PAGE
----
All About Grants: Basics 101


Note to our Biomedical Beat readers: Echoing the sentiments NIH Director Francis Collins made on his blog, NIGMS is making every effort during the COVID-19 pandemic to keep supporting the best and most powerful science. In that spirit, we’ll continue to bring you stories across a wide range of NIGMS topics. We hope these posts offer a respite from the coronavirus news when needed.

A female scientist in a lab using a pipette. Scientific research requires many resources, which all require funding.
Credit: Michele Vaughan.

Scientific inspiration often strikes unexpectedly. The Greek mathematician and inventor Archimedes first thought of the principles of volume while taking a bath. Otto Loewi designed an important experiment on nerve cells based on a dream involving frog hearts.

But going from an initial moment of inspiration to a final answer can be a long and complex process. Scientific research requires many resources, including laboratory equipment, research organisms, and scientists’ time. And all of this requires funding. Government grants support the majority of research in the United States, and the main source of these grants for biomedical researchers is the National Institutes of Health (NIH). NIH is the primary federal agency for conducting and supporting basic, clinical, and translational medical research. It investigates the causes, treatments, and cures for both common and rare diseases.

NIGMS, one of NIH’s 27 institutes and centers, funds researchers who investigate how living systems work at a range of levels, from molecules and cells to tissues and organs, in both research organisms and humans. Understanding how living systems work is crucial for determining how they malfunction in disease, and understanding the causes of disease is essential for developing treatments. That’s why the type of research that NIGMS funds is the starting point of all modern disease prevention and treatment. NIGMS currently supports more than 3,000 researchers through more than 5,000 grants.

NIGMS offers a variety of grants that serve different purposes. The most common type of grant funds a single research project over several years. But others fund small businesses, research resources, and educational products. NIGMS also provides grants that encourage diversity and support student research. Applying for a grant is a highly competitive process, and the following steps provide an overview.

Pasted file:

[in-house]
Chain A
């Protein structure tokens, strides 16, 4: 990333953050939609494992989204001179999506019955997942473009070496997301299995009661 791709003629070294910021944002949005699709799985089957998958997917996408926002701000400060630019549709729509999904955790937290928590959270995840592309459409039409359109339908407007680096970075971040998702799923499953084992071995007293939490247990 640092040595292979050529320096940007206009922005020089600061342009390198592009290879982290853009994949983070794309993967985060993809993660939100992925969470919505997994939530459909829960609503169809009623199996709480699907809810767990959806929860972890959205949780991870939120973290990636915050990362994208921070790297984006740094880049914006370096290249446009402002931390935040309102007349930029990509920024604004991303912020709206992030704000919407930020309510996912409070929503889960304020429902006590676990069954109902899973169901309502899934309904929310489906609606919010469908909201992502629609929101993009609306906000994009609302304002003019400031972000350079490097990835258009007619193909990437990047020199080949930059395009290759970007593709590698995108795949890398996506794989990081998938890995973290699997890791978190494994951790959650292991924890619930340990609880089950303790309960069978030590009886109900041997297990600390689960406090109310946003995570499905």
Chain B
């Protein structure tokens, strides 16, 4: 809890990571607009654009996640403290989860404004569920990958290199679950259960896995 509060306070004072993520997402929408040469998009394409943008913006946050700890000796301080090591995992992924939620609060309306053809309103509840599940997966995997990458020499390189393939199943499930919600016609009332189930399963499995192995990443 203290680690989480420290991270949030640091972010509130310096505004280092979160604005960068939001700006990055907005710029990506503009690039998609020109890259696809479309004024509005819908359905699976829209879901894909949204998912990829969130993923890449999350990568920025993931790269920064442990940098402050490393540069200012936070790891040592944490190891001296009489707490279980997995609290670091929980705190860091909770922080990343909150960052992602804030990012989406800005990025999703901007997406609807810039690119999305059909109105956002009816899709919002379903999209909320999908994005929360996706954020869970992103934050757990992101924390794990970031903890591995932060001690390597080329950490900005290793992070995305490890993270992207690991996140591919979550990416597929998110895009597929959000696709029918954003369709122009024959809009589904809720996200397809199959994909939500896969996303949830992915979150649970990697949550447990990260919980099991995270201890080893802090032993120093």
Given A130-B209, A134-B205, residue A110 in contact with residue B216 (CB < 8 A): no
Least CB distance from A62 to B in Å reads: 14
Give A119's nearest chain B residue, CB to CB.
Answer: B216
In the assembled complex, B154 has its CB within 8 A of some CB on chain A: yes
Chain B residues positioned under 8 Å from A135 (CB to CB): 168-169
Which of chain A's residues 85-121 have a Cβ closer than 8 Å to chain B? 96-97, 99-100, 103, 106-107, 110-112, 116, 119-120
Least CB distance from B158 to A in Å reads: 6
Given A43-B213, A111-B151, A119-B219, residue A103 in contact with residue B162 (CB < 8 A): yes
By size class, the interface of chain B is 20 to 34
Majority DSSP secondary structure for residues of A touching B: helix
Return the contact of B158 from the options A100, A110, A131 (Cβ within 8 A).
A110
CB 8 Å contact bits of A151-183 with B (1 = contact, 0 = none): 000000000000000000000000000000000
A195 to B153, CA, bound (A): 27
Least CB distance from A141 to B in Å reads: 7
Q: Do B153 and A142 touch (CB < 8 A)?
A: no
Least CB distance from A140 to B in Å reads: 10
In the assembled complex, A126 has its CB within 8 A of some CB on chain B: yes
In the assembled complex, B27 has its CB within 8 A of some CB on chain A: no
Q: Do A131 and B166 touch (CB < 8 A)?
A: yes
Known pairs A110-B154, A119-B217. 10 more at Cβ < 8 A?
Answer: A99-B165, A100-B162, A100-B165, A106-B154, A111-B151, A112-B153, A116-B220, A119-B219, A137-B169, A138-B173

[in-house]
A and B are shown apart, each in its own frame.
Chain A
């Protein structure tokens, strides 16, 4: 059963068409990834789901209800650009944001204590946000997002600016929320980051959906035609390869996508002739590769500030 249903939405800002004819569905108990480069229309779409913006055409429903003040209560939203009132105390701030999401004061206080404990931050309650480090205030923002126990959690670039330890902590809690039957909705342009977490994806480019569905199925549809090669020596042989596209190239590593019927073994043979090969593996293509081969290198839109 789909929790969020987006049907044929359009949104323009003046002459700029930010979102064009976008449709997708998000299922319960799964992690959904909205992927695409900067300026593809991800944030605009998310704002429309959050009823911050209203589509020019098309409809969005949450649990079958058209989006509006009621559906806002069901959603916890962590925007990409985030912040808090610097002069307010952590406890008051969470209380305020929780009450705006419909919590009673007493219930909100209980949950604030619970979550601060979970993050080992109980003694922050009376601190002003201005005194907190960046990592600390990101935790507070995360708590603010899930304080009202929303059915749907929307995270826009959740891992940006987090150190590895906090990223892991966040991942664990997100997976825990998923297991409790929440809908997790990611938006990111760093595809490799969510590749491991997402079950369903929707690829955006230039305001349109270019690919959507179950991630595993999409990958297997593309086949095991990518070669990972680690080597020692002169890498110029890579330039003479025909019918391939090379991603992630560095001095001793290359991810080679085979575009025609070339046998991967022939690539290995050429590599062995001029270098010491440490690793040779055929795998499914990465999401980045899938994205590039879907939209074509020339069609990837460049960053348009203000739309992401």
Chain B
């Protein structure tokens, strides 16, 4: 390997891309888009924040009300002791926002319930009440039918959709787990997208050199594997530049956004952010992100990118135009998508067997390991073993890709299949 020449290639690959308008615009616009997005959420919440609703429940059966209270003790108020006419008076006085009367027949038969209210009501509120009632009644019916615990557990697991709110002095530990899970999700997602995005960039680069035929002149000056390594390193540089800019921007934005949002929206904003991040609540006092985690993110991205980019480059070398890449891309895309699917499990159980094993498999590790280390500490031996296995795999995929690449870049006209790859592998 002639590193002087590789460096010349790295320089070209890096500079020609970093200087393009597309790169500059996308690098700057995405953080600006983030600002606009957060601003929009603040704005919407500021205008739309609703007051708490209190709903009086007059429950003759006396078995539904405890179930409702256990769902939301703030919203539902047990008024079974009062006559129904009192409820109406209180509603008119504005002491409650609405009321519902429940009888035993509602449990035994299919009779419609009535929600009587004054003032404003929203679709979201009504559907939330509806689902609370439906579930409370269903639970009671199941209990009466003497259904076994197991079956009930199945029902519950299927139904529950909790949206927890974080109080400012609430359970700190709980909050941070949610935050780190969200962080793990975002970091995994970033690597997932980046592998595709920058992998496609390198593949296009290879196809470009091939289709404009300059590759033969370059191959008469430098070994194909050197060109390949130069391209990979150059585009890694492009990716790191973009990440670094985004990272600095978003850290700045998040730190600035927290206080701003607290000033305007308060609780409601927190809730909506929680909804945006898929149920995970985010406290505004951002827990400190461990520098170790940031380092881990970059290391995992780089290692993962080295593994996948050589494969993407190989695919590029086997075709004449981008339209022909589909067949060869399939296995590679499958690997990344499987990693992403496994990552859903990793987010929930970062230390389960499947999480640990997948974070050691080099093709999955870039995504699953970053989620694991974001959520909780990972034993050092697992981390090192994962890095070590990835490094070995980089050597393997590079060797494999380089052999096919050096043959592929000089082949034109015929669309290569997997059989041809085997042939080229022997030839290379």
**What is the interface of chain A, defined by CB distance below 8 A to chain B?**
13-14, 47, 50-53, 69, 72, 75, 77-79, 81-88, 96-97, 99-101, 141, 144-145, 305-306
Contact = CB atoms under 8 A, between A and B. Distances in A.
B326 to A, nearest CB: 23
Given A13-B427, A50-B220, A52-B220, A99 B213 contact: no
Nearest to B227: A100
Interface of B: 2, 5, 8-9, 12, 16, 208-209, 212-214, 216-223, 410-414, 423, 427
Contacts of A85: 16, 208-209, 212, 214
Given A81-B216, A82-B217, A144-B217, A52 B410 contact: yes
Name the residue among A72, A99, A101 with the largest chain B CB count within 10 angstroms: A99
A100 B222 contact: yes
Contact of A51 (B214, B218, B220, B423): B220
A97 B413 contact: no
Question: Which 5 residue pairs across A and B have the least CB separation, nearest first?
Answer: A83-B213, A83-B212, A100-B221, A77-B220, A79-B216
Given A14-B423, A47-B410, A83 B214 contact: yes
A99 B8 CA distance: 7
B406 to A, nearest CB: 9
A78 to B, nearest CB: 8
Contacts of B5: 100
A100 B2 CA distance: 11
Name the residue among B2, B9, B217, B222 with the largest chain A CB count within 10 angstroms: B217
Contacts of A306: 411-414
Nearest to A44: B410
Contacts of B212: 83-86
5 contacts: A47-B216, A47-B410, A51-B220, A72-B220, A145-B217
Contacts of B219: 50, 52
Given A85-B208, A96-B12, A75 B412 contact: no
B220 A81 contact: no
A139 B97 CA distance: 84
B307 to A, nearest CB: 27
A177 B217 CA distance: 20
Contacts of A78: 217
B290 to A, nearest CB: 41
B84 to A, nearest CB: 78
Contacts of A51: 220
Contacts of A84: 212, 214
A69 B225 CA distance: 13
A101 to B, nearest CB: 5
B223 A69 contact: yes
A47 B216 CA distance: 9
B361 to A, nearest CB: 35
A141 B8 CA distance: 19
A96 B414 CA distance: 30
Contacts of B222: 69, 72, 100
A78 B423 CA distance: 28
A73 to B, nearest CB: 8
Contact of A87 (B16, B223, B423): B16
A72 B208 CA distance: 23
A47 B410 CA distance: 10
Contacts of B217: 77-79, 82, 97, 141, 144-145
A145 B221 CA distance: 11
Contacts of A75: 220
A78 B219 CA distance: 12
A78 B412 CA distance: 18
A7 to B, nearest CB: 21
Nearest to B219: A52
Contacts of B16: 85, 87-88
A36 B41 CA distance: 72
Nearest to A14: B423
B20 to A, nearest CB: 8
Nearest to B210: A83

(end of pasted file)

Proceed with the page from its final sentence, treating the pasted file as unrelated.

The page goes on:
Applying for an NIGMS Grant. Researcher prepares the application. NIGMS staff check the application for completeness and relevance to the Institute’s mission. Peer scientists review the project’s scientific and technical merit. Scientists from NIH review the application and make the decision to award the grant.
NIGMS grant recipients have made many valuable discoveries that affect people’s health every day. For example, they’ve:
  • Increased the survival rate from burn injuries by improving methods of wound care, nutrition, and infection control
  • Explained how genes affect the way a person responds to certain medications, including those to treat cancer and prevent blood clots
  • Shed light on the critical functions of carbohydrates, sugar molecules found on all living cells that are vital to fertilization, inflammation, blood clotting, and viral infection
  • Modeled infectious disease outbreaks and the impact of interventions through computer simulations to provide valuable information to public health policymakers

NIGMS continues to support thousands of researchers so that even greater discoveries can be made in the future. And since the Institute is part of the federal government, we all help support important scientific discoveries as well when we pay taxes.

In an upcoming series of posts, we’ll be exploring different types of grants and some of the research they’re funding.

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